I could always recognize her

by the turn of her knee and ankle

inverted feet wishing dearly

to point at one another in reverse

clown with no humor

that little imperfection

marked her out in crowd

woman who would be a girl

forever knock-kneed

wearing her childhood like a badge of honor

I survived to give you life

gratefully I carried her bags

as a child learning the weight of things

is secondary to the measure

of devotion

my mother once taller said

I wish you did not stain your clothes

looking up then down I could see

the streak of popsicle on white linen

thankful for her wisdom

pitying my own boyish ways

rather I hang upside from a tree

mouth stained by plums

gazing at the day than

fit into couture

sorry for my disarray I said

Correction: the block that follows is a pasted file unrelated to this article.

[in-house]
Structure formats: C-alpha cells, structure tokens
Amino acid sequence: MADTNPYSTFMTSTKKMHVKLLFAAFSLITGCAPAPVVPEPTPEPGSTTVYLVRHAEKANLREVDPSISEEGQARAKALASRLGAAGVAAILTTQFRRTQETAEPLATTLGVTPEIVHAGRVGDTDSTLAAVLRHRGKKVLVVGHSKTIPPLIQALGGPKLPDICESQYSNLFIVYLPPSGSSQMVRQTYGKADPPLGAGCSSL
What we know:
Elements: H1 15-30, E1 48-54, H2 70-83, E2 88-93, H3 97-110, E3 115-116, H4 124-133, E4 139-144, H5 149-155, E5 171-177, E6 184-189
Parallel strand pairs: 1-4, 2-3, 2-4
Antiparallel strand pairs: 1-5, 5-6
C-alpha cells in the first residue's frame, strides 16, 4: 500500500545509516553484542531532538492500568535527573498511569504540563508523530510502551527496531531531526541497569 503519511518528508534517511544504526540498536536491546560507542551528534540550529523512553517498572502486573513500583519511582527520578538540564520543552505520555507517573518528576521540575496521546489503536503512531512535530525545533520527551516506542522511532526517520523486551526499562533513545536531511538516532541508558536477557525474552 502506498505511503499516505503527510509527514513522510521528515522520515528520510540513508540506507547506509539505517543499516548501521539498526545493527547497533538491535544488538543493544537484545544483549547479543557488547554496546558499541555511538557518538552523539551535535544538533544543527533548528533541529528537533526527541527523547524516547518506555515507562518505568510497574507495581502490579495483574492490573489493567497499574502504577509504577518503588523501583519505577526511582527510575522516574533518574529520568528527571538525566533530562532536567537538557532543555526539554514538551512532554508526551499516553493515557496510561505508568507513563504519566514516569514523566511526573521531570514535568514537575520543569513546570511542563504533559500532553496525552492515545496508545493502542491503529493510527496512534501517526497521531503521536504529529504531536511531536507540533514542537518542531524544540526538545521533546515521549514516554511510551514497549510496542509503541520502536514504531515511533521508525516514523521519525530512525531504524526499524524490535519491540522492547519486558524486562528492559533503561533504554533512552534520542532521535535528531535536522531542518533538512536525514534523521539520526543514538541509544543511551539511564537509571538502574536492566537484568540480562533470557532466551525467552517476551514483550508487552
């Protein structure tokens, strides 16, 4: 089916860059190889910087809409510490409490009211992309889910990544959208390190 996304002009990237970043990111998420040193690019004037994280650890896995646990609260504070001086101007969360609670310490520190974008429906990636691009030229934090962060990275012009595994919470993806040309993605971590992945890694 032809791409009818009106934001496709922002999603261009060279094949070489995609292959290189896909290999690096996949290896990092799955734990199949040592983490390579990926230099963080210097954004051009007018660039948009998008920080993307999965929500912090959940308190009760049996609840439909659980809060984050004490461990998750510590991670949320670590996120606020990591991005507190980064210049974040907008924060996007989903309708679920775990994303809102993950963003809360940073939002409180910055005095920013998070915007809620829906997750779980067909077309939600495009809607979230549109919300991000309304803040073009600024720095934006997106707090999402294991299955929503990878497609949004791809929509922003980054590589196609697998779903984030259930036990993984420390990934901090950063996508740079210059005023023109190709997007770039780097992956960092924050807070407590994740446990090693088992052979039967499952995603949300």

sucking on melting ice

my teeth turned red and briefly

I imagined myself a vampire

hunting night for life

she smiled and stood slightly askew

just as once she must in school uniform

age evaporated around us both

I, the adult carrying the bags

heavy in my heart the knowledge

one day she would not be there to

open doors for

teaching my chivalry and the pursuit

of manners and beautiful women who

also had slightly turned ankles

as if they knew not

how to be perfect

it is in that crease we find

the tenor reminding us

this girl who wakes up ironed

is not the one we shall recall

on a rainy day looking out

but the one who stood in the snow

knees nearly meeting

making snow angels with

smudged lipstick and scuffed


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